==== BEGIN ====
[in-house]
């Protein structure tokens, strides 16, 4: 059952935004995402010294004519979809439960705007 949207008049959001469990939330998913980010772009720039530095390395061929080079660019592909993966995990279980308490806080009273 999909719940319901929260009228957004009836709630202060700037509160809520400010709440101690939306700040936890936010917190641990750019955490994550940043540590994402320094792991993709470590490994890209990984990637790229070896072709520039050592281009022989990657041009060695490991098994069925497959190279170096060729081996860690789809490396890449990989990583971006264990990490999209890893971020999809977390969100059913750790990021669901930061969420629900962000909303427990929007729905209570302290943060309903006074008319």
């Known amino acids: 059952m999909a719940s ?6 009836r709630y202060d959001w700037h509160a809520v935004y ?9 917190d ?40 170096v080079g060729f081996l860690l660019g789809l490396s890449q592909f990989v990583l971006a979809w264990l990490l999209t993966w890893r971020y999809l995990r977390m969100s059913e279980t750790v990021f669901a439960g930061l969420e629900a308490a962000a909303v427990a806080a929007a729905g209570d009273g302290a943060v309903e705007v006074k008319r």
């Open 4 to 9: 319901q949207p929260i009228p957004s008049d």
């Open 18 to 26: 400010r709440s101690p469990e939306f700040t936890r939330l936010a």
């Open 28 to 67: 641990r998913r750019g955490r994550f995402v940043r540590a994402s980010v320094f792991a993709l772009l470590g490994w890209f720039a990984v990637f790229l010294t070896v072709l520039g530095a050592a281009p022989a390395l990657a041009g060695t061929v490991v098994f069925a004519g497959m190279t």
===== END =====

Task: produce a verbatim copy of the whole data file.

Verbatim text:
[in-house]
């Protein structure tokens, strides 16, 4: 059952935004995402010294004519979809439960705007 949207008049959001469990939330998913980010772009720039530095390395061929080079660019592909993966995990279980308490806080009273 999909719940319901929260009228957004009836709630202060700037509160809520400010709440101690939306700040936890936010917190641990750019955490994550940043540590994402320094792991993709470590490994890209990984990637790229070896072709520039050592281009022989990657041009060695490991098994069925497959190279170096060729081996860690789809490396890449990989990583971006264990990490999209890893971020999809977390969100059913750790990021669901930061969420629900962000909303427990929007729905209570302290943060309903006074008319």
């Known amino acids: 059952m999909a719940s ?6 009836r709630y202060d959001w700037h509160a809520v935004y ?9 917190d ?40 170096v080079g060729f081996l860690l660019g789809l490396s890449q592909f990989v990583l971006a979809w264990l990490l999209t993966w890893r971020y999809l995990r977390m969100s059913e279980t750790v990021f669901a439960g930061l969420e629900a308490a962000a909303v427990a806080a929007a729905g209570d009273g302290a943060v309903e705007v006074k008319r």
């Open 4 to 9: 319901q949207p929260i009228p957004s008049d």
């Open 18 to 26: 400010r709440s101690p469990e939306f700040t936890r939330l936010a």
């Open 28 to 67: 641990r998913r750019g955490r994550f995402v940043r540590a994402s980010v320094f792991a993709l772009l470590g490994w890209f720039a990984v990637f790229l010294t070896v072709l520039g530095a050592a281009p022989a390395l990657a041009g060695t061929v490991v098994f069925a004519g497959m190279t």